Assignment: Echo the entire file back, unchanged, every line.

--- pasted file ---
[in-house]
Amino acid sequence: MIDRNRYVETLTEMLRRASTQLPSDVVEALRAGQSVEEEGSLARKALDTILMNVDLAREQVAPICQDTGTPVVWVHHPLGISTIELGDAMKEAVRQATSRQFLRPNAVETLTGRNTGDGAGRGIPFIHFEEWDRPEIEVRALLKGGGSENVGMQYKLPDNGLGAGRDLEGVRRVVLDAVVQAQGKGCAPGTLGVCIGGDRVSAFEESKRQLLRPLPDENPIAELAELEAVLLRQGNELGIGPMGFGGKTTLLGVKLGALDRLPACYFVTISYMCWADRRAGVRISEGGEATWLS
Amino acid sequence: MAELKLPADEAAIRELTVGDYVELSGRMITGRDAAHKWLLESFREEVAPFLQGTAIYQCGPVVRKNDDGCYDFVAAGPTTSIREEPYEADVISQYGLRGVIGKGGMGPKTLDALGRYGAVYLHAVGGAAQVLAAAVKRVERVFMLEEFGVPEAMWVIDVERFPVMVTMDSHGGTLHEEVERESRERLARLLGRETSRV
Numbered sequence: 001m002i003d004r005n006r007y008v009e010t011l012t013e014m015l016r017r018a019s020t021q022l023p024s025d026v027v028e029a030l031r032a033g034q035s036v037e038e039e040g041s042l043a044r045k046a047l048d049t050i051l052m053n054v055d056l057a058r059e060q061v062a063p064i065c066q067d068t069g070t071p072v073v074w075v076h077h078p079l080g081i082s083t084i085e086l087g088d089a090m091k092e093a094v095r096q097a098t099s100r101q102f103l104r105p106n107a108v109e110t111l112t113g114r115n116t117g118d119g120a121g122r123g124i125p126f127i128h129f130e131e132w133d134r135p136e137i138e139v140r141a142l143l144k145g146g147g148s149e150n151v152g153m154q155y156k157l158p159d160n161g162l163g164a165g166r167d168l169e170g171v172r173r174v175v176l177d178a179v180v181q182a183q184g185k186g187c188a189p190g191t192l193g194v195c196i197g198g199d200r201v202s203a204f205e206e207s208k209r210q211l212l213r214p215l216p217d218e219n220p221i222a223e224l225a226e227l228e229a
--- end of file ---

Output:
[in-house]
Amino acid sequence: MIDRNRYVETLTEMLRRASTQLPSDVVEALRAGQSVEEEGSLARKALDTILMNVDLAREQVAPICQDTGTPVVWVHHPLGISTIELGDAMKEAVRQATSRQFLRPNAVETLTGRNTGDGAGRGIPFIHFEEWDRPEIEVRALLKGGGSENVGMQYKLPDNGLGAGRDLEGVRRVVLDAVVQAQGKGCAPGTLGVCIGGDRVSAFEESKRQLLRPLPDENPIAELAELEAVLLRQGNELGIGPMGFGGKTTLLGVKLGALDRLPACYFVTISYMCWADRRAGVRISEGGEATWLS
Amino acid sequence: MAELKLPADEAAIRELTVGDYVELSGRMITGRDAAHKWLLESFREEVAPFLQGTAIYQCGPVVRKNDDGCYDFVAAGPTTSIREEPYEADVISQYGLRGVIGKGGMGPKTLDALGRYGAVYLHAVGGAAQVLAAAVKRVERVFMLEEFGVPEAMWVIDVERFPVMVTMDSHGGTLHEEVERESRERLARLLGRETSRV
Numbered sequence: 001m002i003d004r005n006r007y008v009e010t011l012t013e014m015l016r017r018a019s020t021q022l023p024s025d026v027v028e029a030l031r032a033g034q035s036v037e038e039e040g041s042l043a044r045k046a047l048d049t050i051l052m053n054v055d056l057a058r059e060q061v062a063p064i065c066q067d068t069g070t071p072v073v074w075v076h077h078p079l080g081i082s083t084i085e086l087g088d089a090m091k092e093a094v095r096q097a098t099s100r101q102f103l104r105p106n107a108v109e110t111l112t113g114r115n116t117g118d119g120a121g122r123g124i125p126f127i128h129f130e131e132w133d134r135p136e137i138e139v140r141a142l143l144k145g146g147g148s149e150n151v152g153m154q155y156k157l158p159d160n161g162l163g164a165g166r167d168l169e170g171v172r173r174v175v176l177d178a179v180v181q182a183q184g185k186g187c188a189p190g191t192l193g194v195c196i197g198g199d200r201v202s203a204f205e206e207s208k209r210q211l212l213r214p215l216p217d218e219n220p221i222a223e224l225a226e227l228e229a